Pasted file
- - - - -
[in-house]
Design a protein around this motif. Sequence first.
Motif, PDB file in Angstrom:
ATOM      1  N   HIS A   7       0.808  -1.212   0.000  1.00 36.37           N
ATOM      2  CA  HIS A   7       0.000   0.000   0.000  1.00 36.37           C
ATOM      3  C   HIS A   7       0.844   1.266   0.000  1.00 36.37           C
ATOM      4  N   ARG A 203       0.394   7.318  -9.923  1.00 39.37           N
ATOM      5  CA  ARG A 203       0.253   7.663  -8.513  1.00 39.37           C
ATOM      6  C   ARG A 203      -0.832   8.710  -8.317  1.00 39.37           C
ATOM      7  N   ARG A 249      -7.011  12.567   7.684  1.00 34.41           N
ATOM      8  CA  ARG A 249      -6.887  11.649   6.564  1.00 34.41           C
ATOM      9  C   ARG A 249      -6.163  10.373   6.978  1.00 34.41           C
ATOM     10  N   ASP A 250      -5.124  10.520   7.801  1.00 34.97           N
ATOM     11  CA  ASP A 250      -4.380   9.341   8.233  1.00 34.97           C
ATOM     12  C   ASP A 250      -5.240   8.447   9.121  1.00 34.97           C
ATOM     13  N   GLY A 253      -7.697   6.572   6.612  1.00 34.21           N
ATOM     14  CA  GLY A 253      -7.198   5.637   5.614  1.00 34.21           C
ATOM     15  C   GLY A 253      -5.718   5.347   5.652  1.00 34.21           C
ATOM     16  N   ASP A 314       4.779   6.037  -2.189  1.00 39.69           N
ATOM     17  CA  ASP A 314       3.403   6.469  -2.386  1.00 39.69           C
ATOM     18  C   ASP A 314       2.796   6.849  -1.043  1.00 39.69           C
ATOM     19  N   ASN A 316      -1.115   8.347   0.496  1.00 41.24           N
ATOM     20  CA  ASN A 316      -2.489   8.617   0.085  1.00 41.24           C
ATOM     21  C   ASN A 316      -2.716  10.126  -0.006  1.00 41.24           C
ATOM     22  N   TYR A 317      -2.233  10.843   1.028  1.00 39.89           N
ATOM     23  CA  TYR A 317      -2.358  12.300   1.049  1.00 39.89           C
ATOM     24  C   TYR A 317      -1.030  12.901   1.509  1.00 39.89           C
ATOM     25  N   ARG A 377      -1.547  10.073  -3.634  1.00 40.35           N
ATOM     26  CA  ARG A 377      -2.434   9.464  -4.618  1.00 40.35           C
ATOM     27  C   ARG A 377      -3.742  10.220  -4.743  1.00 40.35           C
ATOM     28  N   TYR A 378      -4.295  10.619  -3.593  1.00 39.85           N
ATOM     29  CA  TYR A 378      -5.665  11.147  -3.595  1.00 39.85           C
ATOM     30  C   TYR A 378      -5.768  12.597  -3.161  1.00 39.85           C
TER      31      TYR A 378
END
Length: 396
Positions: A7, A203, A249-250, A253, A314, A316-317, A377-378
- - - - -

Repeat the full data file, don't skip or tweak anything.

[in-house]
Design a protein around this motif. Sequence first.
Motif, PDB file in Angstrom:
ATOM      1  N   HIS A   7       0.808  -1.212   0.000  1.00 36.37           N
ATOM      2  CA  HIS A   7       0.000   0.000   0.000  1.00 36.37           C
ATOM      3  C   HIS A   7       0.844   1.266   0.000  1.00 36.37           C
ATOM      4  N   ARG A 203       0.394   7.318  -9.923  1.00 39.37           N
ATOM      5  CA  ARG A 203       0.253   7.663  -8.513  1.00 39.37           C
ATOM      6  C   ARG A 203      -0.832   8.710  -8.317  1.00 39.37           C
ATOM      7  N   ARG A 249      -7.011  12.567   7.684  1.00 34.41           N
ATOM      8  CA  ARG A 249      -6.887  11.649   6.564  1.00 34.41           C
ATOM      9  C   ARG A 249      -6.163  10.373   6.978  1.00 34.41           C
ATOM     10  N   ASP A 250      -5.124  10.520   7.801  1.00 34.97           N
ATOM     11  CA  ASP A 250      -4.380   9.341   8.233  1.00 34.97           C
ATOM     12  C   ASP A 250      -5.240   8.447   9.121  1.00 34.97           C
ATOM     13  N   GLY A 253      -7.697   6.572   6.612  1.00 34.21           N
ATOM     14  CA  GLY A 253      -7.198   5.637   5.614  1.00 34.21           C
ATOM     15  C   GLY A 253      -5.718   5.347   5.652  1.00 34.21           C
ATOM     16  N   ASP A 314       4.779   6.037  -2.189  1.00 39.69           N
ATOM     17  CA  ASP A 314       3.403   6.469  -2.386  1.00 39.69           C
ATOM     18  C   ASP A 314       2.796   6.849  -1.043  1.00 39.69           C
ATOM     19  N   ASN A 316      -1.115   8.347   0.496  1.00 41.24           N
ATOM     20  CA  ASN A 316      -2.489   8.617   0.085  1.00 41.24           C
ATOM     21  C   ASN A 316      -2.716  10.126  -0.006  1.00 41.24           C
ATOM     22  N   TYR A 317      -2.233  10.843   1.028  1.00 39.89           N
ATOM     23  CA  TYR A 317      -2.358  12.300   1.049  1.00 39.89           C
ATOM     24  C   TYR A 317      -1.030  12.901   1.509  1.00 39.89           C
ATOM     25  N   ARG A 377      -1.547  10.073  -3.634  1.00 40.35           N
ATOM     26  CA  ARG A 377      -2.434   9.464  -4.618  1.00 40.35           C
ATOM     27  C   ARG A 377      -3.742  10.220  -4.743  1.00 40.35           C
ATOM     28  N   TYR A 378      -4.295  10.619  -3.593  1.00 39.85           N
ATOM     29  CA  TYR A 378      -5.665  11.147  -3.595  1.00 39.85           C
ATOM     30  C   TYR A 378      -5.768  12.597  -3.161  1.00 39.85           C
TER      31      TYR A 378
END
Length: 396
Positions: A7, A203, A249-250, A253, A314, A316-317, A377-378